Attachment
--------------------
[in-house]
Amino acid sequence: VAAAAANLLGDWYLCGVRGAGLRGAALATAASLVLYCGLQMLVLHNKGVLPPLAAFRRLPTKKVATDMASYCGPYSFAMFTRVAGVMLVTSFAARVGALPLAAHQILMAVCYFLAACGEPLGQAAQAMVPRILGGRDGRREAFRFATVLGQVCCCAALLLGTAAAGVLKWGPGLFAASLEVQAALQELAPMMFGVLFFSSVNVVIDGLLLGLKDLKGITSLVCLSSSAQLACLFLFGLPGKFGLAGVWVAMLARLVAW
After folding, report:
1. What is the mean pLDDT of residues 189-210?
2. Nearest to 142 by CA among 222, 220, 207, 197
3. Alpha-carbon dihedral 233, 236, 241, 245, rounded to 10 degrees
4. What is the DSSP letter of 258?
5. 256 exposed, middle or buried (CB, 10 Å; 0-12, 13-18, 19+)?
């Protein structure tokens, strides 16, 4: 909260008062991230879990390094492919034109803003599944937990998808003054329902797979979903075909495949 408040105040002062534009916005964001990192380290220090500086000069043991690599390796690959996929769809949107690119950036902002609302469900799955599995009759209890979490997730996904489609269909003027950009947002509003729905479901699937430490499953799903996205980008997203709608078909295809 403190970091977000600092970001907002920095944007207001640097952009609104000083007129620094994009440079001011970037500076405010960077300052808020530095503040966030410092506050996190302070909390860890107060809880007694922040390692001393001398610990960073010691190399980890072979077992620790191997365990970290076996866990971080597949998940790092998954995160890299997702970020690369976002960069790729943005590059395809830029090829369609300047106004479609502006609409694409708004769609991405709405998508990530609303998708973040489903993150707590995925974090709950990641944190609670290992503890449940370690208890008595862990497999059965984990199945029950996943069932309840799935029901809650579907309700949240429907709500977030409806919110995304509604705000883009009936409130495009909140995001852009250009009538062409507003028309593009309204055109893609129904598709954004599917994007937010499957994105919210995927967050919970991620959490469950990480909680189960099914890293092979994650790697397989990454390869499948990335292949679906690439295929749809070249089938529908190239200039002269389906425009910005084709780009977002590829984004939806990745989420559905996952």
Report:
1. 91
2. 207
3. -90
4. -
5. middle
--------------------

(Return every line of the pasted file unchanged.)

[in-house]
Amino acid sequence: VAAAAANLLGDWYLCGVRGAGLRGAALATAASLVLYCGLQMLVLHNKGVLPPLAAFRRLPTKKVATDMASYCGPYSFAMFTRVAGVMLVTSFAARVGALPLAAHQILMAVCYFLAACGEPLGQAAQAMVPRILGGRDGRREAFRFATVLGQVCCCAALLLGTAAAGVLKWGPGLFAASLEVQAALQELAPMMFGVLFFSSVNVVIDGLLLGLKDLKGITSLVCLSSSAQLACLFLFGLPGKFGLAGVWVAMLARLVAW
After folding, report:
1. What is the mean pLDDT of residues 189-210?
2. Nearest to 142 by CA among 222, 220, 207, 197
3. Alpha-carbon dihedral 233, 236, 241, 245, rounded to 10 degrees
4. What is the DSSP letter of 258?
5. 256 exposed, middle or buried (CB, 10 Å; 0-12, 13-18, 19+)?
């Protein structure tokens, strides 16, 4: 909260008062991230879990390094492919034109803003599944937990998808003054329902797979979903075909495949 408040105040002062534009916005964001990192380290220090500086000069043991690599390796690959996929769809949107690119950036902002609302469900799955599995009759209890979490997730996904489609269909003027950009947002509003729905479901699937430490499953799903996205980008997203709608078909295809 403190970091977000600092970001907002920095944007207001640097952009609104000083007129620094994009440079001011970037500076405010960077300052808020530095503040966030410092506050996190302070909390860890107060809880007694922040390692001393001398610990960073010691190399980890072979077992620790191997365990970290076996866990971080597949998940790092998954995160890299997702970020690369976002960069790729943005590059395809830029090829369609300047106004479609502006609409694409708004769609991405709405998508990530609303998708973040489903993150707590995925974090709950990641944190609670290992503890449940370690208890008595862990497999059965984990199945029950996943069932309840799935029901809650579907309700949240429907709500977030409806919110995304509604705000883009009936409130495009909140995001852009250009009538062409507003028309593009309204055109893609129904598709954004599917994007937010499957994105919210995927967050919970991620959490469950990480909680189960099914890293092979994650790697397989990454390869499948990335292949679906690439295929749809070249089938529908190239200039002269389906425009910005084709780009977002590829984004939806990745989420559905996952």
Report:
1. 91
2. 207
3. -90
4. -
5. middle